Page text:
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11 November 2012
LEST WE FORGET
Traditional annual memorial services attended by the British royal family and the military and civilian establishments were held in Britain today Sunday 11 November 2012 in remembrance of troops slaughtered on the battlefield, not least those cut down in World War One, which ended with the armistice of 11 November 1918.
Similar Rembrance Sunday services took place in France, Australia, New Zealand, Hong Kong, Malta, the Falkland Islands (Las Malvinas) and elsewhere.
In London Queen Elizabeth II and her consort Prince Philip, Duke of Edinburgh, attended the customary ceremony at the Cenotaph war memorial in Whitehall in remembrance of butchered British and Commonwealth soldiers.
Also in attendance were the Duke and Duchess of Cambridge, the Princess Royal, the Earl and Countess of Wessex, the Duke of York and Prince Michael of Kent.
British Prime Minister David Cameron was there, accompanied by his Foreign Secretary William Hague, as well as two former British Prime Ministers Anthony Blair and John Major.
The military top brass was represented by Field Marshal Lord Guthrie of Craigiebank, a former chief of the British defence staff.
After wreath-laying at the Cenotaph, a monument specifically dedicated to “The Glorious Dead”, there was a march past by serving troops – Royal Marines, Gurkhas, Submariners and Gunners – as well as by thousands of veterans, including Chelsea Pensioners, their striking red uniforms resplendent with military medals and memorial poppies.
In a ceremony in Paris President François Hollande, Prime Minister Jean-Marc Ayrault and Defence Minister Jean-Yves Le Drian reviewed French troops at the Arc de Triomphe in the Place de l’Étoile at the top of the Champs-Élysées.
There are no media reports of war memorial services today in Germany or Austria, the two Axis powers vanquished in the World War One.
The Glorious Dead?
The dead are simply dead. There is no glory in being dead. Nor in having one’s brains blown out in the prime of one’s days in a water-logged trench on a mud-caked battlefield in some corner of a foreign field.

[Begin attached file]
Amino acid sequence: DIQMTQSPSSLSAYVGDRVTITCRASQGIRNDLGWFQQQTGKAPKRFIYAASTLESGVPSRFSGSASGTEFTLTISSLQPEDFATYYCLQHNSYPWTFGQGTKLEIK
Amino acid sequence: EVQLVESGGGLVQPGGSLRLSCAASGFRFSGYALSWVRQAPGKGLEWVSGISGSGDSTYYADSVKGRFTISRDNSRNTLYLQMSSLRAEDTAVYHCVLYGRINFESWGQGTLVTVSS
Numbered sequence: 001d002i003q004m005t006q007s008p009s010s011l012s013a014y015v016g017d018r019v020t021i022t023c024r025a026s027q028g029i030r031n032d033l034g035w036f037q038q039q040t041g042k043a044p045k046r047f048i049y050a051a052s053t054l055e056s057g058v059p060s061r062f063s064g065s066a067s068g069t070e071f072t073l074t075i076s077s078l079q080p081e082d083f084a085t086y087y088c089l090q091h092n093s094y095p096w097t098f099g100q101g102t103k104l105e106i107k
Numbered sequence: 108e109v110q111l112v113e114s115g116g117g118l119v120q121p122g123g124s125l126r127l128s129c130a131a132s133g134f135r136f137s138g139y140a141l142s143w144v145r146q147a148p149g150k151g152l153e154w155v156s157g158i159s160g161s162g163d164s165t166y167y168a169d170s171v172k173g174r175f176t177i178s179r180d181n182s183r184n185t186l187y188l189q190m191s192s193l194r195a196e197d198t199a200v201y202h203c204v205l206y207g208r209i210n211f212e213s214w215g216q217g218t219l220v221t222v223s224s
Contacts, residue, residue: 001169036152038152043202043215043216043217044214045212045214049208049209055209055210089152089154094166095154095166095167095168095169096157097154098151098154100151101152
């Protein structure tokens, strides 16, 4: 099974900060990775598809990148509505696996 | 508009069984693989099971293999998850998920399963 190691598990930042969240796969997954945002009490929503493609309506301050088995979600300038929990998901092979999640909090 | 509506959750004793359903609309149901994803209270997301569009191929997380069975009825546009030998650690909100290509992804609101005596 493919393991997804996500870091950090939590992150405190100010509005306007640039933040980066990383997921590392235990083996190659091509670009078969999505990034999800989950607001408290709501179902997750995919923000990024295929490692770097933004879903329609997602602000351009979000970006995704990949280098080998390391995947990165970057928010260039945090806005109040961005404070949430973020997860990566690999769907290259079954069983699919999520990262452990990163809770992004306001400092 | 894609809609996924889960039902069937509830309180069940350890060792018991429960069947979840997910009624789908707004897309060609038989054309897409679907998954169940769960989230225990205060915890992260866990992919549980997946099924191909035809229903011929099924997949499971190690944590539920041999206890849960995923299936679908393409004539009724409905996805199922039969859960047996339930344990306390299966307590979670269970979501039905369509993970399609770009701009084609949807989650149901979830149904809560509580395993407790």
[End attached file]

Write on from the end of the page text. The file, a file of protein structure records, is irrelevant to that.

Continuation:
Moreover, if it is one thing for a government to deploy troops to defend its population against imminent foreign aggression, it is quite another to send the flower of its youth to die abroad in the invasion and occupation of foreign lands in wars of aggression which have no relevance to the defence of one’s country.
This is why it is particularly repugnant to find the London ceremony attended by former UK Prime Minister Antony Blair, who in 2003, alongside US President Bush and without the imprimatur of the United Nations, launched a war of aggression against Iraq that dragged on for eight years and resulted in the massacre of an estimated 600 000 people, mostly Iraqis but including large numbers of British soldiers.
It is likewise repugnant to find the ceremony attended by the current UK Prime Minister David Cameron who continues to send British troops to their deaths in a pointless war in Afghanistan now into its twelfth year. This war has achieved nothing. The designated enemy, the Taliban, are stronger than ever. The puppet government of Afghanistan is chafing under the boot of a western occupation that it constantly bewails. Corruption is rife. Opium production is the country’s main industry. Suicide bombings and gunfights rock the capital daily. No road outside Kabul is safe from attack. Meanwhile, troops from the allied invading forces are being picked off, one by one, day after day, in a war that was lost from the start. To cap it all, the date for the final western retreat has already been announced – the end of 2014.